During a famine, The priests advise the King that there is a curse on the land and to lift it he must leave his daughter Psyche chained in the wilderness as a sacrifice to the gods. Orual is frantic and offers herself as the sacrifice instead but neither the King nor the priests will hear of it. Psyche is left chained in the wilderness, and when she is not there the following morning everyone assumes she has been killed. Instead, however, Cupid the God of Love takes her as his wife, refusing to let her see his face.

In the original legend, Psyche is allowed to receive a visit from her two sisters, who are consumed with envy at the sight of the luxurious home which the God has given Psyche, and trick her into shining a light on her husband while he sleeps. Furious at this disobedience, the god condemns her to wander the earth in great misery.

This version is similar, but with two key differences: the first is that Orual cannot see the beautiful house which Psyche believes she is living in.
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18 of 18 people found the following review helpful
5.0 out of 5 stars One of the best books I have ever read 15 Aug 2001
By A Customer
This is an extraordinary work. Compelling, thought-provoking, haunting... in my 20-odd years of reading, only Emily Bronte's 'Wuthering Heights' can surpass this for sheer hypnotic power, and both books have similarly fascinating central characters in Heathcliff and Orual respectively.
Not typical CS Lewis fare, but in my opinion (and, apparently, in his) this is the best of his output.
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14 of 14 people found the following review helpful
By A Customer
This book is another of Lewis's stunning works and it offers something just a little different to the reader. It is a delicately told story of the classic myth surrounding Cupid and Psyche, yet it's beautifully written narrative will leave you pleasantly haunted for a long while after putting the book down. You will almost certainly be able to identify yourself in the main character 'Orual', which is perhaps why this book is so engaging, and the lessons taught with such subtelty by Lewis will not fail to leave an impression. It is a tale about love and redemptive love, of overcoming perceived failings in yourself and of the fine line between total adoration and jealousy. To give a plot synopsis could never do this powerful tale any justice. For anyone who loves mythology or is just interested in something a little different, this is a hugely un-discovered book that i only wish more people have read.
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8 of 8 people found the following review helpful
4.0 out of 5 stars Highly recommended! 21 Feb 2001
Lewis said that this was one of his favourite works, and I must agree that it is very good. Take it for what it is, a brilliantly written piece that involves the reader. There is plenty of imagery, irony and strong allegorical meaning that needs to be understood to be full appreciated.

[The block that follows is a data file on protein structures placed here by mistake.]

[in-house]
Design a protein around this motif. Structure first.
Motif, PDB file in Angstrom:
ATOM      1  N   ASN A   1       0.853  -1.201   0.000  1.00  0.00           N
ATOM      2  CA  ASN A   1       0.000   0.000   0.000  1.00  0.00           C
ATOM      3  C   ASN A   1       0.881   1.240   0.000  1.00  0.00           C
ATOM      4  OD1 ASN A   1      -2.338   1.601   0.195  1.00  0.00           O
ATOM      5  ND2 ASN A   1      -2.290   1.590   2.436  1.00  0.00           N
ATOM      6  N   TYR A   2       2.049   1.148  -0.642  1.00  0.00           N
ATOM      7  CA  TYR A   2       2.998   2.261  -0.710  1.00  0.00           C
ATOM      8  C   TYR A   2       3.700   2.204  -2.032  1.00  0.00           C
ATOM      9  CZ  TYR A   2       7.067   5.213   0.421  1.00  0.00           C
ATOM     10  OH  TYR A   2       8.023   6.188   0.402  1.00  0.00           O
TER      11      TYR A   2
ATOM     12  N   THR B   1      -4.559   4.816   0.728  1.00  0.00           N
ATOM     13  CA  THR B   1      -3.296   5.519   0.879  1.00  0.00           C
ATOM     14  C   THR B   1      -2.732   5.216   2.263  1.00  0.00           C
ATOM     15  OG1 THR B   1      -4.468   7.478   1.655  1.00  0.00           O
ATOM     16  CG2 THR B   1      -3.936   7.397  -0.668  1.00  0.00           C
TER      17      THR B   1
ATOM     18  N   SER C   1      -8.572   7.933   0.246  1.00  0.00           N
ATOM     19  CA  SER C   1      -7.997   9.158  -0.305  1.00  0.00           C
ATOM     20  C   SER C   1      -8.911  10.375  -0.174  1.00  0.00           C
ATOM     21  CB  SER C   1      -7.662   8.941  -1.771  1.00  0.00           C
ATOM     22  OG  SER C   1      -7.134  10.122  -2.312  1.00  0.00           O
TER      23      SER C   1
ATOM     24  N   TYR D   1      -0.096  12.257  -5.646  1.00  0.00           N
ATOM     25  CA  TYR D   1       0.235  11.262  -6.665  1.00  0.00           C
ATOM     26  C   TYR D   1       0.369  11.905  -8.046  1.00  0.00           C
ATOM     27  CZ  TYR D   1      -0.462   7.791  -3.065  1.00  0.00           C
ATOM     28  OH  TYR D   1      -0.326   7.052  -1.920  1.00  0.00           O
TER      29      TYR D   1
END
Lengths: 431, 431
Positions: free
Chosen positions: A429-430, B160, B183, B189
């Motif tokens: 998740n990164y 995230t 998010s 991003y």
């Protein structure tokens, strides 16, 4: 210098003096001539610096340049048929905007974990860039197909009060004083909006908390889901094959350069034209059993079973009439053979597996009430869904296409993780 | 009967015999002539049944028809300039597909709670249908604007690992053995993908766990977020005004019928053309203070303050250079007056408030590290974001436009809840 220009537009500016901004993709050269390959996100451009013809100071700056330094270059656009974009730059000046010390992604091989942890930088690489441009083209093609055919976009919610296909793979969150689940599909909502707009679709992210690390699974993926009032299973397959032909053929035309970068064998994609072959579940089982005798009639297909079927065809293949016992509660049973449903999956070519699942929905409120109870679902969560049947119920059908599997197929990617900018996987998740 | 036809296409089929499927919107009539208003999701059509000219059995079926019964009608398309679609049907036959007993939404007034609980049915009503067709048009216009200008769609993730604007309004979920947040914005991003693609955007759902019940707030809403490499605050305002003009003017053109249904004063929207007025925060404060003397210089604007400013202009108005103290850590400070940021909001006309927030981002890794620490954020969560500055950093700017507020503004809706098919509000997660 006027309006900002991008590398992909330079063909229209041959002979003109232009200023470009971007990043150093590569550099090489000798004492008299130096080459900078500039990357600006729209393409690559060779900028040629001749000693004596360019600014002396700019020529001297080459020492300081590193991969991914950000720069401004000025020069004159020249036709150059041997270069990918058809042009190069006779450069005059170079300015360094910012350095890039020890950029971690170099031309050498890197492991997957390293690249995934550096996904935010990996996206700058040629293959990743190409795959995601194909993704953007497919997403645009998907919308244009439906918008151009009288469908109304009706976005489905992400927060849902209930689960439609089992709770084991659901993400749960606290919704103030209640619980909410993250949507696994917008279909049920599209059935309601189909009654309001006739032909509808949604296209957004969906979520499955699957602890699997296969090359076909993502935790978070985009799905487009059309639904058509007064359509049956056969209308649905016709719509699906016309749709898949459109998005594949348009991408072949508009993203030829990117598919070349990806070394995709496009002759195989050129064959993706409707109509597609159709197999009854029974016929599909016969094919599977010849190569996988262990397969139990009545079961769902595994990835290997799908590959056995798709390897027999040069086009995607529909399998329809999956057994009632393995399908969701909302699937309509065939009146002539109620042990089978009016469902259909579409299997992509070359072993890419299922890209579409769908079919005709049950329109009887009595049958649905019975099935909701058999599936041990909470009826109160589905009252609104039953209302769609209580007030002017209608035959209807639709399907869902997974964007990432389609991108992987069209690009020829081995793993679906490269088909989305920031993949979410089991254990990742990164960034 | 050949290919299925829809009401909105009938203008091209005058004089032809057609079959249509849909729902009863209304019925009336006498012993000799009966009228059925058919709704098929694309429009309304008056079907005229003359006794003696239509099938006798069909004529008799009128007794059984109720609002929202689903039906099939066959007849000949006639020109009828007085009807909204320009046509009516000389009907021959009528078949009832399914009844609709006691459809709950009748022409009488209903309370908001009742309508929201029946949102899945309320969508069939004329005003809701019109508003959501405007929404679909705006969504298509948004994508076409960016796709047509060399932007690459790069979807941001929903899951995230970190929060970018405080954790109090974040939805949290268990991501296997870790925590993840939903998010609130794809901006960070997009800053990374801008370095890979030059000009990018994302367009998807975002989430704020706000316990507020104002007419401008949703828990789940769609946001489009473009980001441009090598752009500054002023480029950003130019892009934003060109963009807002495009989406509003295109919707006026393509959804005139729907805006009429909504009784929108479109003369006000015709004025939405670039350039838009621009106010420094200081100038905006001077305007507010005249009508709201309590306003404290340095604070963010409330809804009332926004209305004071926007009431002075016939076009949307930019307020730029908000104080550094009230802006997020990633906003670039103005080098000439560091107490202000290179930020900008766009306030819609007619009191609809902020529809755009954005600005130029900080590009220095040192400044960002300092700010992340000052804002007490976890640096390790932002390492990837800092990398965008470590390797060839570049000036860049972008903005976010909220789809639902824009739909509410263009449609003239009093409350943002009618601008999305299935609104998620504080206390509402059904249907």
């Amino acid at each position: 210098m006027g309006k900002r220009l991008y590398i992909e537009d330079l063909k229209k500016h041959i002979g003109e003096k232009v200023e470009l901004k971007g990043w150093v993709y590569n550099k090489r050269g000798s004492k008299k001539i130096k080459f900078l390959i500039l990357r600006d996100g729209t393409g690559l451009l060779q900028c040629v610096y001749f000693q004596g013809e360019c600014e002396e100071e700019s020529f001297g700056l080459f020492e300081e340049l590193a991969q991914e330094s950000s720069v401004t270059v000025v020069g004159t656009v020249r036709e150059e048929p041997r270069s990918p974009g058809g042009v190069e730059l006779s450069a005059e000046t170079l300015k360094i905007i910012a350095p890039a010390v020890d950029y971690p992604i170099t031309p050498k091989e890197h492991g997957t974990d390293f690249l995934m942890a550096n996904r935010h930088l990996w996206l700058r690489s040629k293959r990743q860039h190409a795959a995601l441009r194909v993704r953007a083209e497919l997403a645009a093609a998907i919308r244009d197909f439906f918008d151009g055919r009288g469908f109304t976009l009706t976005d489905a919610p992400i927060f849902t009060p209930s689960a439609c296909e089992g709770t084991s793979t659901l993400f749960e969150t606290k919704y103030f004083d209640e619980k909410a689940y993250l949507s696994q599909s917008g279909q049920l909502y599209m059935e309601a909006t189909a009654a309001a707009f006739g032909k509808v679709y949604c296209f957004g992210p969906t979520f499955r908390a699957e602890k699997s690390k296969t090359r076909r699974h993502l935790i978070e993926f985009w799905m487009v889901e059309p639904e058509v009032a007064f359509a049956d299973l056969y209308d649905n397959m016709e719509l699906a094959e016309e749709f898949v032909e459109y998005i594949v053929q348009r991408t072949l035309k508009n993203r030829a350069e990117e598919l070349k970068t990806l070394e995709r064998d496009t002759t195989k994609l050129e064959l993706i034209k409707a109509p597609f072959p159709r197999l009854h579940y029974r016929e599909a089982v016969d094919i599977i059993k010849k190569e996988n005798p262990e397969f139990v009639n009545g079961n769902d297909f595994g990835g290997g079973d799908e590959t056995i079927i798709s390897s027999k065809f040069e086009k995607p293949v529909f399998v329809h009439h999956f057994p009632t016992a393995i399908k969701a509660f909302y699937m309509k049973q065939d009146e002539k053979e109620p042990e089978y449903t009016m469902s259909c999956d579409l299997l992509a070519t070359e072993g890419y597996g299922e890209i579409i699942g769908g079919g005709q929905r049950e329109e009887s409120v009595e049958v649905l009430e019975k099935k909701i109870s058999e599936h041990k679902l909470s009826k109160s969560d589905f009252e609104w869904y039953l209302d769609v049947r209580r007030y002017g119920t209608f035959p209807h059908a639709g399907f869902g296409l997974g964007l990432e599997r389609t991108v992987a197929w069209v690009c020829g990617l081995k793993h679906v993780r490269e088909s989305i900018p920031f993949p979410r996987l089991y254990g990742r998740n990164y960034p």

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Most Recent Customer Reviews
1.0 out of 5 stars ... story and the writing style and everything is just brilliant!...
the story and the writing style and everything is just brilliant!
Lewis gets 5 stars for this storry!
But the quality of the hardcover is just horrible! Read more
Published 8 days ago by Kaja
5.0 out of 5 stars Five Stars
Leis's best book
Published 2 months ago by DM SHERWOOD
5.0 out of 5 stars Myth re-boot
Here is a work that will feed mind, heart, and soul.
It’s a reinterpretation of the old myth of Cupid and Psyche, told in one of the few surviving Latin novels, “the... Read more
Published 4 months ago by Adam
3.0 out of 5 stars One of the greatest books I ever read, however: 2 or three pages...
It's a lovely story, gripping and deep at the same time. However there were 2 pages missing, fortunately it was at the beginning and I think I didn't miss anything too important...
Published 9 months ago by Heinrich von Jagwitz-Biegnitz
5.0 out of 5 stars Compelling
Other reviewers have provided sufficient detail of the content of the book and many of the reasons that the book is worth 5 stars. Read more
Published 17 months ago by Mr. Michael Lumsden
5.0 out of 5 stars Very Deep & Beautiful
[Throughout the years, I have written a number of reviews that have never been published online on Amazon. Read more
Published 24 months ago by Mike London
5.0 out of 5 stars Very Deep & Beautiful, May 16, 2000
[NOTE: I am reissuing my reviews on This review was originally published on Amazon. Read more
Published on 8 Jan 2012 by Mike London
5.0 out of 5 stars Beautiful everytime you read it
I stumbled upon this book about 20 years ago. I loved it from the first time I read it. Everytime i read it I find new points of view to see this story from. Read more
Published on 5 Sep 2010 by Flippy Bippy
5.0 out of 5 stars should still be in print
This is a beautiful and wise book, most loved of CS Lewis' work and his personal favourite, if I recall correctly. Read more
Published on 20 Nov 2009 by H. Child
5.0 out of 5 stars Very Deep and Beautiful May 16, 2000
TILL WE HAVE FACES, is, simply put, one of the most beautiful books I have read. Its depths are enormous, its truth fantastically illustrated, and the author is completely given... Read more
Published on 2 Nov 2007 by Mike London